“I’m the best basketball player in the world, there is nobody better.”
It was 1993 and basketball star and reigning MVP, Charles Barkley, was the guest host of the comedy television series, Saturday Night Live aka SNL. In an interview with Stuart Smalley, played by Al Franken, Stuart attempts to help Charles understand his own insecurities. The exchange occurs at 2:30 into the interview. Tepid applause and a half-hearted, “Whoo!” trickled from the audience before a louder outburst and accolades followed.
I was amused when I first viewed this over twenty years ago. I, and probably others in the audience, were thinking that although Barkley was quite talented, he was undeserving of the MVP or worthy of his bold statement because Michael Jordan and the world champion Chicago Bulls were the reasons Barkley had not previously won the MVP or a championship. Thus, his confident statement seemed a bit hollow, or one that needed to be qualified.
Was Charles Barkely a great basketball player? No question. Was there nobody better than him at that time? That is certainly open to debate. The question of who is the greatest captures our imagination and ignites endless debates. Sports, wealth, prestige-no matter the category, we cannot help but be drawn into making comparisons. Even the disciples of Jesus Christ fell victim to this.
They came to Capernaum. When he was in the house, he asked them, “What were you arguing about on the way?” But they were silent, because on the way they had been arguing with one another about who was the greatest. Sitting down, he called the Twelve and said to them, “If anyone wants to be first, he must be last and servant of all.” He took a child, had him stand among them, and taking him in his arms, he said to them, “Whoever welcomes one little child such as this in my name welcomes me. And whoever welcomes me does not welcome me, but him who sent me.” Mark 9:33-37 (CSB)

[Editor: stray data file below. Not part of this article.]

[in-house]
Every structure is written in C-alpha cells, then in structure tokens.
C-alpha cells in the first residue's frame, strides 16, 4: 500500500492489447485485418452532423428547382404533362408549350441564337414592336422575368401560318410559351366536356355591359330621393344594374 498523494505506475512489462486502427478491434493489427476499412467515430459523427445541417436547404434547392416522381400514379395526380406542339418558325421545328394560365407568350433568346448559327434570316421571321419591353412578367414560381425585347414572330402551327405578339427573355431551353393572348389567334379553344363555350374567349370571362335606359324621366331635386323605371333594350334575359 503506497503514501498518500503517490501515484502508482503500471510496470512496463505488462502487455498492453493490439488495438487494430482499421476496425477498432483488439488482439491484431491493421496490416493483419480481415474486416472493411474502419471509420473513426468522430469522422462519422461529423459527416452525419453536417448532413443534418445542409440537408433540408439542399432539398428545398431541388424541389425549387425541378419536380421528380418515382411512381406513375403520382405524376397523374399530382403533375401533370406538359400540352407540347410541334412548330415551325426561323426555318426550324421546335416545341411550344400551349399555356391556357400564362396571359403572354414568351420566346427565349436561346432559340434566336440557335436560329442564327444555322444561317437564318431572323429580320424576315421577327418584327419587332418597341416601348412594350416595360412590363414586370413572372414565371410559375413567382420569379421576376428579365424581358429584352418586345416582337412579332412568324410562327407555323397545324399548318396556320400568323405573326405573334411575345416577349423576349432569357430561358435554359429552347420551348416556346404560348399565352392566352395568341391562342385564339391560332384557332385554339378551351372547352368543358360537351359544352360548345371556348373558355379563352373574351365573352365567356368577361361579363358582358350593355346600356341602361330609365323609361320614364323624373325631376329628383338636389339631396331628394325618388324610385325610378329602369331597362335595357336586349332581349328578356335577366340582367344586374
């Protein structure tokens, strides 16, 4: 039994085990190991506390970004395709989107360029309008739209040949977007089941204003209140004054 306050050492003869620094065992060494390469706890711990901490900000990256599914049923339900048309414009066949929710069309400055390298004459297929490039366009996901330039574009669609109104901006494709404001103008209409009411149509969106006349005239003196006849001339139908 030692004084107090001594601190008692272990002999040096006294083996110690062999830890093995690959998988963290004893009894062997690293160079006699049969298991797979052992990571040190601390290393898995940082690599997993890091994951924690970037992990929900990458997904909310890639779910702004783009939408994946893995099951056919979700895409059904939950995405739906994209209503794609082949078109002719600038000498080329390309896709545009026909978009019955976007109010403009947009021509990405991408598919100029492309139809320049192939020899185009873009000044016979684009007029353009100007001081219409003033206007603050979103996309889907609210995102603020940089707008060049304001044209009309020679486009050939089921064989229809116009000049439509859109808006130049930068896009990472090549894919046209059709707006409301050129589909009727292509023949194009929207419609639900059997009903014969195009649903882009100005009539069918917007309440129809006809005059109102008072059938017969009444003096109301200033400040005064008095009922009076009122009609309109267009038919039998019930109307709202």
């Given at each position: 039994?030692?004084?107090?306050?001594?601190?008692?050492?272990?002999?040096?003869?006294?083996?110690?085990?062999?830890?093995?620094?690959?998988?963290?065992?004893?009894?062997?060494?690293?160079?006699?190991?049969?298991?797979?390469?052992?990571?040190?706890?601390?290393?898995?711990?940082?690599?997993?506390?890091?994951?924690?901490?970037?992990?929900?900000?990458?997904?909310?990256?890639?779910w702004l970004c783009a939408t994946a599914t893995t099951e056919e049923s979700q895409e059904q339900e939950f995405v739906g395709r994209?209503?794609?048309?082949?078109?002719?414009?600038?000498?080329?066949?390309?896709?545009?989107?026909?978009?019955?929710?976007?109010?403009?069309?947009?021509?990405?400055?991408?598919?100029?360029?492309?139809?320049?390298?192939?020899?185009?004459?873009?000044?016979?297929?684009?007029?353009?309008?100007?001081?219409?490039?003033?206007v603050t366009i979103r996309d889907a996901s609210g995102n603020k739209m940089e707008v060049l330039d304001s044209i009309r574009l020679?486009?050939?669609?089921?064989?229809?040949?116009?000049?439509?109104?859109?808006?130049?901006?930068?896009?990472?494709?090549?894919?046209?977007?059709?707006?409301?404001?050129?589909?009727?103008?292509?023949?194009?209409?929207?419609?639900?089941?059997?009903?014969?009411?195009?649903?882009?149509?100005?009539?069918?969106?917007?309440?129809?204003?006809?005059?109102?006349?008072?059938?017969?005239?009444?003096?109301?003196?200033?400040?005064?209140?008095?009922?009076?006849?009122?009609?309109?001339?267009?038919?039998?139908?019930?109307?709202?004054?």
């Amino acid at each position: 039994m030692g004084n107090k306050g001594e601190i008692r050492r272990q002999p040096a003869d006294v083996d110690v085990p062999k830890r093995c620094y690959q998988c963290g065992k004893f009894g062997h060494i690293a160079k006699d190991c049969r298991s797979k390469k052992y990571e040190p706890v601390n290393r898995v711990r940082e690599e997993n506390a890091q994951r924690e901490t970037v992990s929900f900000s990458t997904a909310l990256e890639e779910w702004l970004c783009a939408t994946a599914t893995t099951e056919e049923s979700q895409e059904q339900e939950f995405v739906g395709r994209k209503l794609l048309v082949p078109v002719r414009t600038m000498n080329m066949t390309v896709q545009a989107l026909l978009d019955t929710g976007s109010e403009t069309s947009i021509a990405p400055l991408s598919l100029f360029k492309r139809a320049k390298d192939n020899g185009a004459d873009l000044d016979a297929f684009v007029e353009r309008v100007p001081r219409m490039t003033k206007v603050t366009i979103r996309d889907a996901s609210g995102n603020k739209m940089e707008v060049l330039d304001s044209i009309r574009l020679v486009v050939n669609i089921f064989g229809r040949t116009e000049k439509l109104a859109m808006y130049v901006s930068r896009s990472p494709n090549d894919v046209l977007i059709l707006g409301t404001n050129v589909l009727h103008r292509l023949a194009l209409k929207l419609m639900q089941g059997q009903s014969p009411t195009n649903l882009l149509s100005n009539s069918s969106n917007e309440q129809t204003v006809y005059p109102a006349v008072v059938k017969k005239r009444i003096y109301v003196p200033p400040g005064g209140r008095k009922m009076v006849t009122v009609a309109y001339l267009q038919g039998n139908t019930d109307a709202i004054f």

Just like the debate over the greatness of Charles Barkley, I easily fall victim to the same mindset to which the disciples of Jesus Christ succumbed. The world places an overemphasis on who is the greatest but in God’s Kingdom, Jesus Christ reveals the Truth. It is instructive that Jesus does not directly answer their question but challenges them to ask another question of themselves. Greatness is defined by service to others and God, not by the accumulation of accolades and achievements for oneself.
In God’s Kingdom, the question of, “Who is the greatest?” is meaningless. Our question should always be, “Who has the greatest needs so that we may serve them.”
Love and trust the Lord; seek His will in your life.